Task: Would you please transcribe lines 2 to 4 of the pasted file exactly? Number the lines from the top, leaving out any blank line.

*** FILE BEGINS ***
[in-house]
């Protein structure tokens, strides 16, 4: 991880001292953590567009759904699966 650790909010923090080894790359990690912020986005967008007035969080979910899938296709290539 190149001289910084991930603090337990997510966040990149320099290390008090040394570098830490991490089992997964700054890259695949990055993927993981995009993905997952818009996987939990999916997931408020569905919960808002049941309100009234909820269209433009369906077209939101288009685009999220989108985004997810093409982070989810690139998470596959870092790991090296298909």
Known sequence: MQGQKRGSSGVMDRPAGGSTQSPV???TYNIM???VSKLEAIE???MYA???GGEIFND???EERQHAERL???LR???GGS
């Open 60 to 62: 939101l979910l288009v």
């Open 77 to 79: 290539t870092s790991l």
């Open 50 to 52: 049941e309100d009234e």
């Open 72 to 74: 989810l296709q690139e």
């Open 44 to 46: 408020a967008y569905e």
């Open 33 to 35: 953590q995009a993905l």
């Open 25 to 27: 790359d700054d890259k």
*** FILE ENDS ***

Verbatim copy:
């Protein structure tokens, strides 16, 4: 991880001292953590567009759904699966 650790909010923090080894790359990690912020986005967008007035969080979910899938296709290539 190149001289910084991930603090337990997510966040990149320099290390008090040394570098830490991490089992997964700054890259695949990055993927993981995009993905997952818009996987939990999916997931408020569905919960808002049941309100009234909820269209433009369906077209939101288009685009999220989108985004997810093409982070989810690139998470596959870092790991090296298909």
Known sequence: MQGQKRGSSGVMDRPAGGSTQSPV???TYNIM???VSKLEAIE???MYA???GGEIFND???EERQHAERL???LR???GGS
């Open 60 to 62: 939101l979910l288009v």